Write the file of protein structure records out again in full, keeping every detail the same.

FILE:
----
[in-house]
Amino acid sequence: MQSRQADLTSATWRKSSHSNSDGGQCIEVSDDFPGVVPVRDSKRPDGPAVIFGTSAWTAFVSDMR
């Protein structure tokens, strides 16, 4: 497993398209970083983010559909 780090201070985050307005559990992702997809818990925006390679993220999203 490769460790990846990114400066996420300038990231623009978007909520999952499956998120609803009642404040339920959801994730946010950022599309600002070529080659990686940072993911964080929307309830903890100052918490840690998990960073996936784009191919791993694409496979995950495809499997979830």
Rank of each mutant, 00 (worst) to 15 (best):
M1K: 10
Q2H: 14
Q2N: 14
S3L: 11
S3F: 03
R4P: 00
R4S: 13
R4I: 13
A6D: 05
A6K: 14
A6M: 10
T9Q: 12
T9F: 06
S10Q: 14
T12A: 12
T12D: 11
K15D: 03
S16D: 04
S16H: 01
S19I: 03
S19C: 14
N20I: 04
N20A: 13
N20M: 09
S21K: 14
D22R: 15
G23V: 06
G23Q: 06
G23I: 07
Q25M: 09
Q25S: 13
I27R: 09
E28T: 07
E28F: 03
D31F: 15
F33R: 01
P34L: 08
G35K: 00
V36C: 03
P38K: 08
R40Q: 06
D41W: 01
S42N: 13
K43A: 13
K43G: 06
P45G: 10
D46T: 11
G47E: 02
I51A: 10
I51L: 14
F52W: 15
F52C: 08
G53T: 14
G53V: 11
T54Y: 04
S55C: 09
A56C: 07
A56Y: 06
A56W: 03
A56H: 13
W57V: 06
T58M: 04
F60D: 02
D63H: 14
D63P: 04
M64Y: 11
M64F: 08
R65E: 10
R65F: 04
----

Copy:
[in-house]
Amino acid sequence: MQSRQADLTSATWRKSSHSNSDGGQCIEVSDDFPGVVPVRDSKRPDGPAVIFGTSAWTAFVSDMR
């Protein structure tokens, strides 16, 4: 497993398209970083983010559909 780090201070985050307005559990992702997809818990925006390679993220999203 490769460790990846990114400066996420300038990231623009978007909520999952499956998120609803009642404040339920959801994730946010950022599309600002070529080659990686940072993911964080929307309830903890100052918490840690998990960073996936784009191919791993694409496979995950495809499997979830």
Rank of each mutant, 00 (worst) to 15 (best):
M1K: 10
Q2H: 14
Q2N: 14
S3L: 11
S3F: 03
R4P: 00
R4S: 13
R4I: 13
A6D: 05
A6K: 14
A6M: 10
T9Q: 12
T9F: 06
S10Q: 14
T12A: 12
T12D: 11
K15D: 03
S16D: 04
S16H: 01
S19I: 03
S19C: 14
N20I: 04
N20A: 13
N20M: 09
S21K: 14
D22R: 15
G23V: 06
G23Q: 06
G23I: 07
Q25M: 09
Q25S: 13
I27R: 09
E28T: 07
E28F: 03
D31F: 15
F33R: 01
P34L: 08
G35K: 00
V36C: 03
P38K: 08
R40Q: 06
D41W: 01
S42N: 13
K43A: 13
K43G: 06
P45G: 10
D46T: 11
G47E: 02
I51A: 10
I51L: 14
F52W: 15
F52C: 08
G53T: 14
G53V: 11
T54Y: 04
S55C: 09
A56C: 07
A56Y: 06
A56W: 03
A56H: 13
W57V: 06
T58M: 04
F60D: 02
D63H: 14
D63P: 04
M64Y: 11
M64F: 08
R65E: 10
R65F: 04